By Anna Lembke
February 13, 2018

It’s a harried morning in the clinic when suddenly there’s a good-looking guy at my office door holding out a steaming cup of coffee and a freshly baked muffin.

“Dr. Lembke,” he says, “I was just in the neighborhood and thought I’d stop by and say ‘Hi.’ Here, I brought you some coffee and a snack. I was hoping you might have a moment to chat about some exciting new information I think you’ll appreciate.”

“I’m so sorry,” I say, taking the coffee and the muffin he’s straight-arming my way. “I wish I could.” And I really do. I’d love to spend a few moments indulging in a cup of Joe with a hunky guy. “But I’m in the middle of a busy clinic day…”

“No problem,” he says, smiling brightly and thereby absolving me of my guilt. “I’ll just leave the information with you.” He hands me a couple of brochures and some sciency-looking articles.

“Great! Thanks so much. I’ll definitely read these the second I get a chance.” He leaves. I slurp, and dash off to see my next patient.

When I get a moment later in the day, I scan the brochures he left and read through the abstract of the article. I get the gist. Drug X, let’s call it, the one made by the company the hunky guy works for, is more effective with less risk than its competitors. That afternoon, I see a patient with a problem that Drug X is meant to fix, and I prescribe it.

If you were to ask me the same day if I prescribed it because of the hunky guy and the treats, I would say, “No way! You think I’m that easily bought? I prescribed it because, well, it happens to be an effective drug … I just read an article about it …”

Numerous studies show that even small gifts given to doctors can influence prescribing, whether or not doctors think they’re immune to promotion. ProPublica reported on the effects of gifts on prescribing for 150,323 physicians, and found that internists, family physicians, cardiologists, psychiatrists, and ophthalmologists who received any gifts from drug or device manufacturers prescribed a higher percentage of branded drugs overall than doctors who received no gifts.

So the fact that Purdue Pharma, the maker of OxyContin—the opioid pain reliever at the heart of the current opioid epidemic—announced on Saturday that it will no longer send out drug reps to market opioids to doctors, is actually a pretty big deal. It’s an admission of sorts that drug reps really do influence prescribing practices, an about face from previous messaging from drug companies, which implied that doctors make prescribing decisions based on the fine print on package inserts (the magnifying-glass worthy document tucked inside the box the drug comes in).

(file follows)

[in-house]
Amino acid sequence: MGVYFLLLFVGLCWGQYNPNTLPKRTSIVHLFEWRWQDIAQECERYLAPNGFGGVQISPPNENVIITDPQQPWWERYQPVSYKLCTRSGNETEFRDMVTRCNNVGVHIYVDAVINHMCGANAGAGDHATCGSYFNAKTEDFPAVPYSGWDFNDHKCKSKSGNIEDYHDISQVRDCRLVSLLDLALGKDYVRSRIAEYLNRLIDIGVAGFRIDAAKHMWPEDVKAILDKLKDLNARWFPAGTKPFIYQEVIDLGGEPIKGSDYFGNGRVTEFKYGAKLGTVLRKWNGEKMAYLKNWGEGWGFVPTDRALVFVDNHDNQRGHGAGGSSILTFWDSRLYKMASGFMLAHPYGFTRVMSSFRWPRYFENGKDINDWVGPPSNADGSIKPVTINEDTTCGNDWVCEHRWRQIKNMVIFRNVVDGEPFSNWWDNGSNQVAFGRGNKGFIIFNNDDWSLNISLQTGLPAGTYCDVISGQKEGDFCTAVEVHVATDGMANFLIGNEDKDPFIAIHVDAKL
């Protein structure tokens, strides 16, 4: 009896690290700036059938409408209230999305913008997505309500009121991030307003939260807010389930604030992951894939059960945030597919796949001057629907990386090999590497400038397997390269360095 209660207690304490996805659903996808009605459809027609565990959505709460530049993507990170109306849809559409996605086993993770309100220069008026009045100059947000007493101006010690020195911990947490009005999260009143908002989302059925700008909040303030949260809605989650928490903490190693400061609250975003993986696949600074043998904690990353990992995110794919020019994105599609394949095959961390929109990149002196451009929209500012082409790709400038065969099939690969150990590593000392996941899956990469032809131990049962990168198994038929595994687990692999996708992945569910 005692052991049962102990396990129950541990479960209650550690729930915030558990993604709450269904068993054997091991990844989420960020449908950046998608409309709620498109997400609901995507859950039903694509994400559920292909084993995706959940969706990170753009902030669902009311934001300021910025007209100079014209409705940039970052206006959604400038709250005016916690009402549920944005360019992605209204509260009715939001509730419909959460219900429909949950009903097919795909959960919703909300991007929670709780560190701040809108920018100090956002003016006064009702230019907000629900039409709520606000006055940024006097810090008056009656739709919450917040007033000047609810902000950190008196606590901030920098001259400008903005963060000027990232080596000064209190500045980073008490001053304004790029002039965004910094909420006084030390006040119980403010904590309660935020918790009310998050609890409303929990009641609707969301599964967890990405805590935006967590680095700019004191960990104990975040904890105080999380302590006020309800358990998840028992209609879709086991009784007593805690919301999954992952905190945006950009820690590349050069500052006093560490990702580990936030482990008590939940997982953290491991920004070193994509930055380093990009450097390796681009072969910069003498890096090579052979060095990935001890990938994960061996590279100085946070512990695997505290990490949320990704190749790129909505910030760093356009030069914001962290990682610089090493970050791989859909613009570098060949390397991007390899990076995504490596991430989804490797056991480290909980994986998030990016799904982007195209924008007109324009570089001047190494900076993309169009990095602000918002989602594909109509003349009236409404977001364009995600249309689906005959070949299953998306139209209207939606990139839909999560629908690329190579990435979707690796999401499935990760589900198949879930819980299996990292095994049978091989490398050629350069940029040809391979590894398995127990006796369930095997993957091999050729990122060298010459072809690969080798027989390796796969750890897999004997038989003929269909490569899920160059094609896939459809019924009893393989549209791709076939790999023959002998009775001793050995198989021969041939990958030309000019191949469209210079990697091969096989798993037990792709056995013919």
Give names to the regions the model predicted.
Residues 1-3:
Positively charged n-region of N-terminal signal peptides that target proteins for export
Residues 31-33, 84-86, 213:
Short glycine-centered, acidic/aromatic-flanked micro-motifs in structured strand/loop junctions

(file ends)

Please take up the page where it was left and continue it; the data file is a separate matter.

Although drug reps are just one small piece of the puzzle, and heroin and illicit fentanyl account for at least half of all opioid overdose deaths today, prescription opioids are still a huge part of the problem, and opioid prescribing has decreased only 15% to 20% since its peak in 2012, despite widespread awareness of the epidemic.

Will cutting Purdue’s sales force and eliminating OxyContin drug reps solve the opioid crisis? Of course not. The damage has already been done. But it’s a symbolic gesture, and as such counts for something. Two points for Purdue.

 

What will make a difference? Actively re-educating doctors about the real risks (there are lots) and benefits (not very many) of opioids used long-term to treat chronic pain. Creating access and reliable insurance coverage for quality opioid addiction treatment. Providing de-prescribing clinics for those dependent on dangerously high doses of opioids, but not necessarily addicted, who will need time, compassion, and support tapering off. Promoting non-opioid, non-medication treatments for chronic pain (physical therapy, massage, mind-body work).

A big question is who should pay for the remedy, or more to the point, should opioid manufacturers like Purdue Pharma foot the bill? That question will be answered in federal court, where Judge Dan Polster is presiding over a multi-district litigation case against opioid manufacturers, distributors, and retailers. To my mind, there’s plenty of evidence to date that opioid manufacturers like Purdue Pharma had a huge hand in the epidemic, and should be held partly responsible for the public health tragedy we face today.

Dr. Anna Lembke is associate professor of psychiatry and behavioral sciences at Stanford University Medical Center and author of Drug Dealer, MD: How Doctors Were Duped, Patients Got Hooked, and Why It’s So Hard to Stop.

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